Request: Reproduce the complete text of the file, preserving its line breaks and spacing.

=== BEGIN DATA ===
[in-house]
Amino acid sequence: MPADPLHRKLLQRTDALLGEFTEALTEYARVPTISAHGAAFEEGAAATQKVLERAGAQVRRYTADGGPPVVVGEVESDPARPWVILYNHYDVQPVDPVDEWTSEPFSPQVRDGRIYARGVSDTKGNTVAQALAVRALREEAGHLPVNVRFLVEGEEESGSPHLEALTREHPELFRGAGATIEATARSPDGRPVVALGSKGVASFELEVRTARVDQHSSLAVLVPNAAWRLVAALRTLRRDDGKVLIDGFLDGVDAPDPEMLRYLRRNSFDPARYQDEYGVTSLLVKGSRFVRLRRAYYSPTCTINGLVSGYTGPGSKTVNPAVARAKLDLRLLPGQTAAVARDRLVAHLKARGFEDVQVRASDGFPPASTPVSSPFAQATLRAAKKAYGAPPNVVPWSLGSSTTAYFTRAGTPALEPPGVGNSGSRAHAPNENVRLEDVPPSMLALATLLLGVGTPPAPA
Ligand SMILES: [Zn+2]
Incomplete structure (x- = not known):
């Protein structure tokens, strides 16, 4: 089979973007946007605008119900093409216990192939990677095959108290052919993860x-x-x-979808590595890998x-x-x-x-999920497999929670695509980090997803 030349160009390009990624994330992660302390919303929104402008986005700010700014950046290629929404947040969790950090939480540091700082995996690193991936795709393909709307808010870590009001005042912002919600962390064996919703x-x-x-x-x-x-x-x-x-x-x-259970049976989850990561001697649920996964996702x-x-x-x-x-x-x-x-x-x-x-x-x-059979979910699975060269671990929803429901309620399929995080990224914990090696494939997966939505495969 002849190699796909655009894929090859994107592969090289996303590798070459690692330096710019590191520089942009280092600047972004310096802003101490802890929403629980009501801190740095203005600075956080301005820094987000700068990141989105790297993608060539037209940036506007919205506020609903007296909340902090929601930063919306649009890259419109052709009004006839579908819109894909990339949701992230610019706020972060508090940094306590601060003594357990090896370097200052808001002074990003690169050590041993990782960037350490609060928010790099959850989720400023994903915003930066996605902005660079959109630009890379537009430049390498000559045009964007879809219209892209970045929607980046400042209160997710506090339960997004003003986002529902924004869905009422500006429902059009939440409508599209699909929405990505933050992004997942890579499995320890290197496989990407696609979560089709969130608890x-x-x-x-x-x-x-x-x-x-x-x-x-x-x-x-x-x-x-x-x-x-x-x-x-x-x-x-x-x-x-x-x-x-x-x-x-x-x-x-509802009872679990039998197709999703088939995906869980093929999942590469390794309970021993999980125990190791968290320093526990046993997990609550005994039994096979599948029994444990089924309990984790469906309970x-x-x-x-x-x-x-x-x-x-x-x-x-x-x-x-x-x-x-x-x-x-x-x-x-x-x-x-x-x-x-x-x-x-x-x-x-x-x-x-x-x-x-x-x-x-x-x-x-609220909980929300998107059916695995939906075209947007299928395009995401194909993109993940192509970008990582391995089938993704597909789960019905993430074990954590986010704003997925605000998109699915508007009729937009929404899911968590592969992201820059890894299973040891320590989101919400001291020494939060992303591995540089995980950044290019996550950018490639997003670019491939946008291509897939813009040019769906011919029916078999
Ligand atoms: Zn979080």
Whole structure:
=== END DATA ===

[in-house]
Amino acid sequence: MPADPLHRKLLQRTDALLGEFTEALTEYARVPTISAHGAAFEEGAAATQKVLERAGAQVRRYTADGGPPVVVGEVESDPARPWVILYNHYDVQPVDPVDEWTSEPFSPQVRDGRIYARGVSDTKGNTVAQALAVRALREEAGHLPVNVRFLVEGEEESGSPHLEALTREHPELFRGAGATIEATARSPDGRPVVALGSKGVASFELEVRTARVDQHSSLAVLVPNAAWRLVAALRTLRRDDGKVLIDGFLDGVDAPDPEMLRYLRRNSFDPARYQDEYGVTSLLVKGSRFVRLRRAYYSPTCTINGLVSGYTGPGSKTVNPAVARAKLDLRLLPGQTAAVARDRLVAHLKARGFEDVQVRASDGFPPASTPVSSPFAQATLRAAKKAYGAPPNVVPWSLGSSTTAYFTRAGTPALEPPGVGNSGSRAHAPNENVRLEDVPPSMLALATLLLGVGTPPAPA
Ligand SMILES: [Zn+2]
Incomplete structure (x- = not known):
């Protein structure tokens, strides 16, 4: 089979973007946007605008119900093409216990192939990677095959108290052919993860x-x-x-979808590595890998x-x-x-x-999920497999929670695509980090997803 030349160009390009990624994330992660302390919303929104402008986005700010700014950046290629929404947040969790950090939480540091700082995996690193991936795709393909709307808010870590009001005042912002919600962390064996919703x-x-x-x-x-x-x-x-x-x-x-259970049976989850990561001697649920996964996702x-x-x-x-x-x-x-x-x-x-x-x-x-059979979910699975060269671990929803429901309620399929995080990224914990090696494939997966939505495969 002849190699796909655009894929090859994107592969090289996303590798070459690692330096710019590191520089942009280092600047972004310096802003101490802890929403629980009501801190740095203005600075956080301005820094987000700068990141989105790297993608060539037209940036506007919205506020609903007296909340902090929601930063919306649009890259419109052709009004006839579908819109894909990339949701992230610019706020972060508090940094306590601060003594357990090896370097200052808001002074990003690169050590041993990782960037350490609060928010790099959850989720400023994903915003930066996605902005660079959109630009890379537009430049390498000559045009964007879809219209892209970045929607980046400042209160997710506090339960997004003003986002529902924004869905009422500006429902059009939440409508599209699909929405990505933050992004997942890579499995320890290197496989990407696609979560089709969130608890x-x-x-x-x-x-x-x-x-x-x-x-x-x-x-x-x-x-x-x-x-x-x-x-x-x-x-x-x-x-x-x-x-x-x-x-x-x-x-x-509802009872679990039998197709999703088939995906869980093929999942590469390794309970021993999980125990190791968290320093526990046993997990609550005994039994096979599948029994444990089924309990984790469906309970x-x-x-x-x-x-x-x-x-x-x-x-x-x-x-x-x-x-x-x-x-x-x-x-x-x-x-x-x-x-x-x-x-x-x-x-x-x-x-x-x-x-x-x-x-x-x-x-x-609220909980929300998107059916695995939906075209947007299928395009995401194909993109993940192509970008990582391995089938993704597909789960019905993430074990954590986010704003997925605000998109699915508007009729937009929404899911968590592969992201820059890894299973040891320590989101919400001291020494939060992303591995540089995980950044290019996550950018490639997003670019491939946008291509897939813009040019769906011919029916078999
Ligand atoms: Zn979080």
Whole structure: